Ahead of time I traced the girls hands and then used those as templates to make multiple hands out of colored construction paper. I knew I wanted to laminate just the hands to create a strip.  It was a little tricky but I took the 8 1/2 x 11 size laminating pouches and trimmed off the top so that I could connect multiple sheets together.

I taped the sheets together with just a little bit of tape in the middle so that it wouldn’t show up in the strips too much.  And I overlapped the sheets by about 1/2 cm.  To help keep the whole thing together I used a clear glue stick and glued the hands to the bottom laminating sheet.  And sometimes I even used a little glue to keep the top sheets in place.

We made the strips long enough to measure their height and larger items around the house.  I recommend also making a smaller strip of about 3 hands to introduce the concept and measure smaller items like their feet.

Zoe measuring the seat of her rocking horse. This is one time a smaller strip would definitely be useful.


I’m Special Dolls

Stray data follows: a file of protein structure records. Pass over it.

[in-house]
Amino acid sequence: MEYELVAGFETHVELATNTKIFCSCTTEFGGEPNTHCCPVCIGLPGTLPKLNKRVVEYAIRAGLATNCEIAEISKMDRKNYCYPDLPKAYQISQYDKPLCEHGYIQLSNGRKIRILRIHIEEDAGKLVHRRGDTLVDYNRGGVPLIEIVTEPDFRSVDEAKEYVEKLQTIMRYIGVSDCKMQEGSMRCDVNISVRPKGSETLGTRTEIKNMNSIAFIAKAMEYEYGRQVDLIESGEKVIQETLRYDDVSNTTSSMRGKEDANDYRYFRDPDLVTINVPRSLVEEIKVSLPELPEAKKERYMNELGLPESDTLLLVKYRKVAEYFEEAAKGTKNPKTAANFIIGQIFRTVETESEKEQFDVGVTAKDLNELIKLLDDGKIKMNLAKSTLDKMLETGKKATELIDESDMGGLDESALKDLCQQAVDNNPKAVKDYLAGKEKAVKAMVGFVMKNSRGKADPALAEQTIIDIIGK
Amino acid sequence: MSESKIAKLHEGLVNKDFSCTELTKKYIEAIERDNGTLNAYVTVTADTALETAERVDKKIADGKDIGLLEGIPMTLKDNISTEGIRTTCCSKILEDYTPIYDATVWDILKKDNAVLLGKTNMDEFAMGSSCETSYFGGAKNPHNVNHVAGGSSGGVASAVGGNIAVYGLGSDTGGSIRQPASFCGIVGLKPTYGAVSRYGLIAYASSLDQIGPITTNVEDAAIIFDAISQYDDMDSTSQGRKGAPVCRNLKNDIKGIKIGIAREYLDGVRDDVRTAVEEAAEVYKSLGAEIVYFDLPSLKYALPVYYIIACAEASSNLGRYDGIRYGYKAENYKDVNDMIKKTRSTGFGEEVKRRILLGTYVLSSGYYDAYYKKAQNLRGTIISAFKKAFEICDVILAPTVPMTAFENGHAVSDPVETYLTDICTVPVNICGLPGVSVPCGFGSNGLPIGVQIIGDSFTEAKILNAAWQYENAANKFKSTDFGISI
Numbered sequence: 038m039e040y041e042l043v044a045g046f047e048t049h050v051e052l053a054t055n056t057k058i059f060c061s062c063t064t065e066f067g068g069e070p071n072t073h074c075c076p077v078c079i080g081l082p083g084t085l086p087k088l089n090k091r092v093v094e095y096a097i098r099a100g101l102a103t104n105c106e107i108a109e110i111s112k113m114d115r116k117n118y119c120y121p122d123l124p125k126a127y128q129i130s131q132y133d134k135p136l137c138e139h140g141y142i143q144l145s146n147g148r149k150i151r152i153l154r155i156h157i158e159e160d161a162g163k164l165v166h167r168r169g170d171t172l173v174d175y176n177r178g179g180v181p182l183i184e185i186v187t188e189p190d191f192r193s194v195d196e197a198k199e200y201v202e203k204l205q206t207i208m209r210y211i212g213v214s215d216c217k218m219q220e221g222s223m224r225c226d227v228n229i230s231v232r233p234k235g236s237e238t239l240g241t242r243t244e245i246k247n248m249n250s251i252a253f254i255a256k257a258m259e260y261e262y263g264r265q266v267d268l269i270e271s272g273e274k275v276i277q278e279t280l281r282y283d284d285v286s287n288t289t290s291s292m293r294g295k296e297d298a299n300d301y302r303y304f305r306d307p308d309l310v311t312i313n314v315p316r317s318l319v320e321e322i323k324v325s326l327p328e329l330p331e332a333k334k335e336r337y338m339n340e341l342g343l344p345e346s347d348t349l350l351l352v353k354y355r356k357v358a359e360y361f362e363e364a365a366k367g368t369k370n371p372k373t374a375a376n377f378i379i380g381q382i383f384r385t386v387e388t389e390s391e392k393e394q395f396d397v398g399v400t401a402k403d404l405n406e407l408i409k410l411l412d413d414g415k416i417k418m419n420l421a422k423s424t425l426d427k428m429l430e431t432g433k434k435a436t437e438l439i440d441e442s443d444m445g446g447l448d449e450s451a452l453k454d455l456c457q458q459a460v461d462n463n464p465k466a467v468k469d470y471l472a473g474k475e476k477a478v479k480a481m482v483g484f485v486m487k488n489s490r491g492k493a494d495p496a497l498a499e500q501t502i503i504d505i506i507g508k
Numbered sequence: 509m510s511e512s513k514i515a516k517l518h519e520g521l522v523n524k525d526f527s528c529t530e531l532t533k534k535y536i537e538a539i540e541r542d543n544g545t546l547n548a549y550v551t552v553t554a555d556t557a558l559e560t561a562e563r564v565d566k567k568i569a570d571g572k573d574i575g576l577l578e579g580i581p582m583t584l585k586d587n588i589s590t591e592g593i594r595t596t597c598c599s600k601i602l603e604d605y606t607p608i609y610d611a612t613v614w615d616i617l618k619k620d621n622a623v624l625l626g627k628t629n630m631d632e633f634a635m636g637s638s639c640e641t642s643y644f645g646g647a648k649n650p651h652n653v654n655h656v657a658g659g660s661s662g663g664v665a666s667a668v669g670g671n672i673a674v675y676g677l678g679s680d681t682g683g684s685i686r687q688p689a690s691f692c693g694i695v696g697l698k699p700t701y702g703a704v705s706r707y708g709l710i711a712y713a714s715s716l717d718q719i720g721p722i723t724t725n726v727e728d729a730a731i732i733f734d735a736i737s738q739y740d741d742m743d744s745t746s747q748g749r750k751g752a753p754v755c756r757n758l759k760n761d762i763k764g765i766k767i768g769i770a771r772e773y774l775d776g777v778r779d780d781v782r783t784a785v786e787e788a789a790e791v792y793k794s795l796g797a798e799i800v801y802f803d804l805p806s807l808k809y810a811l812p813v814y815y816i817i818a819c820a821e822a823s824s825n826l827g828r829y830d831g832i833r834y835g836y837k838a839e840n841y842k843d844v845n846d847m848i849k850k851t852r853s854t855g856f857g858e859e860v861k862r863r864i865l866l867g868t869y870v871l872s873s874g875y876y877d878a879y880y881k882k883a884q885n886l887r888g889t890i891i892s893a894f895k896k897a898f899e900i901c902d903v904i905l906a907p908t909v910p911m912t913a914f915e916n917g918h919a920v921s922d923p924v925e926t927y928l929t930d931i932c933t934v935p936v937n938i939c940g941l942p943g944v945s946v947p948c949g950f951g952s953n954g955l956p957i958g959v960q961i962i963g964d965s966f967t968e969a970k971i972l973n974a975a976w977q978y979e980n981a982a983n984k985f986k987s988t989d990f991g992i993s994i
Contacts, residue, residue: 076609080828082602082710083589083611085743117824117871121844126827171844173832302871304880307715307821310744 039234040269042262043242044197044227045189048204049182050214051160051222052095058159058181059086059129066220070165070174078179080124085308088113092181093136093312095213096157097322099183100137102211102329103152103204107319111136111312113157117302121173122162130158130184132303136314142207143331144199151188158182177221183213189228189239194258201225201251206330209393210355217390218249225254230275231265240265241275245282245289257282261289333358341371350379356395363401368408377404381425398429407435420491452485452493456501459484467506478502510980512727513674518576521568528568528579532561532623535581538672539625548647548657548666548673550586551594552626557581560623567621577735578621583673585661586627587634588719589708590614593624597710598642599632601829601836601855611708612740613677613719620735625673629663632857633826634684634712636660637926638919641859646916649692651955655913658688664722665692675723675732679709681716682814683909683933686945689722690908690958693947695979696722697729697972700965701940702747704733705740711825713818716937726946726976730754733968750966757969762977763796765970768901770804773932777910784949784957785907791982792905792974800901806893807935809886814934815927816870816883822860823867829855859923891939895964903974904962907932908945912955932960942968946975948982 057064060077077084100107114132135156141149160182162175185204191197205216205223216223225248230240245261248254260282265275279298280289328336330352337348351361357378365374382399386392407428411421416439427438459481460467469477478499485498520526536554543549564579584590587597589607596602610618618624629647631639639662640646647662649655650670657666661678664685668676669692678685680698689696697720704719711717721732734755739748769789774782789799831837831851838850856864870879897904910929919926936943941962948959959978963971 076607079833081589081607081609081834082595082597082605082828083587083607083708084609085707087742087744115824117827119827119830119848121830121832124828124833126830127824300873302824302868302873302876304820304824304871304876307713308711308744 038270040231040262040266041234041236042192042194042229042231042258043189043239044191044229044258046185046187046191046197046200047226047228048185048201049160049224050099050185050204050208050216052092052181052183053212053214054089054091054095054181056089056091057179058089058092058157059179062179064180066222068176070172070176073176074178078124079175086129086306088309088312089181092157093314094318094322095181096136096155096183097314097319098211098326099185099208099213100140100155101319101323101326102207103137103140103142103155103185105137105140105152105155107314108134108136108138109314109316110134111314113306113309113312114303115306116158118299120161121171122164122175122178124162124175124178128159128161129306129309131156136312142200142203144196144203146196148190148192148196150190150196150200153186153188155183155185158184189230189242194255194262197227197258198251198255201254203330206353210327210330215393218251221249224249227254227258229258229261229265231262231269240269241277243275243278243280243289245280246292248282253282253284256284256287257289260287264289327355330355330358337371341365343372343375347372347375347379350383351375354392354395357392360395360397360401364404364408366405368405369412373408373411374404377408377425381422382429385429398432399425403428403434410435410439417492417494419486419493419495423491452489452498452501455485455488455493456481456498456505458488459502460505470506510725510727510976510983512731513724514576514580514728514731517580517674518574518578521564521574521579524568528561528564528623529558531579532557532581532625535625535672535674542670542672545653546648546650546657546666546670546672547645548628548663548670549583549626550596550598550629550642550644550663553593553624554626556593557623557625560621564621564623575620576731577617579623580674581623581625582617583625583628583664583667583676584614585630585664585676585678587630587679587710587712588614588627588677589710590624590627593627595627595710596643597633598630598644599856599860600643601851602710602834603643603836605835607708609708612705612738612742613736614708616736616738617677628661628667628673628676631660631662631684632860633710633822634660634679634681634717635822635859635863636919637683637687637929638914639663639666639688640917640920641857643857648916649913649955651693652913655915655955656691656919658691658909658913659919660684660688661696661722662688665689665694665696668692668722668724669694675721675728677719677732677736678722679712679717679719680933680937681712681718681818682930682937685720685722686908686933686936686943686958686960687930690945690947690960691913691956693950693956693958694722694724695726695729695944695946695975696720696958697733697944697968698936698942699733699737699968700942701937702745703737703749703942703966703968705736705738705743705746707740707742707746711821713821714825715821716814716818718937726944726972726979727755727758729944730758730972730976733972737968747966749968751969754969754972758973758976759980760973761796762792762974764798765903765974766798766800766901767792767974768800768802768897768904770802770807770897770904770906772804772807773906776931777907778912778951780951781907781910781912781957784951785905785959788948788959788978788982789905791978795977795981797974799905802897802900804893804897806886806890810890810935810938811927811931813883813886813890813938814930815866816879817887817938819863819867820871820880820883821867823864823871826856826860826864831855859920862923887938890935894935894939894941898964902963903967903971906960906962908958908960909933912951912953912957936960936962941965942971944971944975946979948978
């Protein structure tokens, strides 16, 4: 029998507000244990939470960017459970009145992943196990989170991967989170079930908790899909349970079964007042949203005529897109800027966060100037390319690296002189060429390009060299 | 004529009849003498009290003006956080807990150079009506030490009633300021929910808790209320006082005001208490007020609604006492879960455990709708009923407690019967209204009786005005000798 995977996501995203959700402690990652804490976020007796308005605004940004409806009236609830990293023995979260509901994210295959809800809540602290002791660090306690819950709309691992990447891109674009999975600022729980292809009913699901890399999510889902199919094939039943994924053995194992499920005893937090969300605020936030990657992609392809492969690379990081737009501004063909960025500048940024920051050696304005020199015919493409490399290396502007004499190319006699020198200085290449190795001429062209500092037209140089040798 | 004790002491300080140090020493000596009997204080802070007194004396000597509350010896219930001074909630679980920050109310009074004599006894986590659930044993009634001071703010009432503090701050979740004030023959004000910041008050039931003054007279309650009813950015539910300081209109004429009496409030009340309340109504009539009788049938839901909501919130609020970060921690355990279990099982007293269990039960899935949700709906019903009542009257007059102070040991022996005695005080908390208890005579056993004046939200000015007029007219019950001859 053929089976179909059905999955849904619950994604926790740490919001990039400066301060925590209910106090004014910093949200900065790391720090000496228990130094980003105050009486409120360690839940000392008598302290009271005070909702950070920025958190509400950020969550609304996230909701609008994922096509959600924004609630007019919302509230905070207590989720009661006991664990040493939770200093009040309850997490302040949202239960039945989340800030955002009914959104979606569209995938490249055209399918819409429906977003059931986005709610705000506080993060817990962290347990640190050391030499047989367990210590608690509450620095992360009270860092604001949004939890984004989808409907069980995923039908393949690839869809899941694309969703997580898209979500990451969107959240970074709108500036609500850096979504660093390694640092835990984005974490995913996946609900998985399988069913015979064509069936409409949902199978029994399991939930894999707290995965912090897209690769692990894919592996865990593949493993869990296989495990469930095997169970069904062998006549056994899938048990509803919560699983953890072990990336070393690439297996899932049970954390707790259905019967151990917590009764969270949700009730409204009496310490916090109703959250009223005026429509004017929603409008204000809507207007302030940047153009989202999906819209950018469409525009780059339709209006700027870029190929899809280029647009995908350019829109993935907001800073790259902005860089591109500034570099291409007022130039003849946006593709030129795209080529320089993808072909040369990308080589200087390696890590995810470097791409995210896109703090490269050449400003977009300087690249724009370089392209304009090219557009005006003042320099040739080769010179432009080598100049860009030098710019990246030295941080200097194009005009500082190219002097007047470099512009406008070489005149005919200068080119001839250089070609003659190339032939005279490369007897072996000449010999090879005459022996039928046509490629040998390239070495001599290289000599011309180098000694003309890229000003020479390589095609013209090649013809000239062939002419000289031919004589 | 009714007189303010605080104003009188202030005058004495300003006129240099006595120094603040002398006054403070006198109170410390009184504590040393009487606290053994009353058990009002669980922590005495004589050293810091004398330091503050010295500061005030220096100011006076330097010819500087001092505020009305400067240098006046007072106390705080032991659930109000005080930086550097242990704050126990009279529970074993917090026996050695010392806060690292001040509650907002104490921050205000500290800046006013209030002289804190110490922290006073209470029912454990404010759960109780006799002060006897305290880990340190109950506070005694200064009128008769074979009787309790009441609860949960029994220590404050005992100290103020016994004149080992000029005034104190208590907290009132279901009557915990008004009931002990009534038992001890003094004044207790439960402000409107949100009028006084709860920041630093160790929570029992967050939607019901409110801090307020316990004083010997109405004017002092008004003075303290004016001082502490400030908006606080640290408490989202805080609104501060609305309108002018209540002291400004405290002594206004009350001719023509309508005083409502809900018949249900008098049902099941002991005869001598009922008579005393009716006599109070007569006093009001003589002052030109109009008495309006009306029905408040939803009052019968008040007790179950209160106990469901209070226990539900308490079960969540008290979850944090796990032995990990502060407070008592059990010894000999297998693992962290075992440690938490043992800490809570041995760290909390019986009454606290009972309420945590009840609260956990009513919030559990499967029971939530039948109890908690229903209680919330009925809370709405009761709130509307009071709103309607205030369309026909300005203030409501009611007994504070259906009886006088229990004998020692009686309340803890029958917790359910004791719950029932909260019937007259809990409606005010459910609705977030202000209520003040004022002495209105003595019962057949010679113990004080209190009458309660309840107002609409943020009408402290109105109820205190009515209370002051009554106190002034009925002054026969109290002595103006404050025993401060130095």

This was a great way to connect our themes of “I am Special” and Our Bodies.  We got the silhouettes from Michaels craft store.  The girls described themselves to me.  I wrote their words on the people and then they colored them.  I found it interesting to see how the girls thought of themselves, although it was a little difficult to explain adjectives.  This is something I think will be fun to do again in the future every so often to see how their descriptions change and even how their drawings change.

How did Mia describe herself? Smart; strong; brave; beautiful; little; nice; smart; loves, collections, flipping dolphins, seals, and Disneyland; funny; giggles; really strong person.

What did Zoe say about herself? God made me; smart; pretty; funny; beautiful; clever; lovey; good at making things; serious; loves to play with toys.

I also picked up a boy packet for our preschool co-op group.  When my friend Kendra (an awesome mama) led the group, she had the kids draw self-portraits on them as part of our self-awareness activities.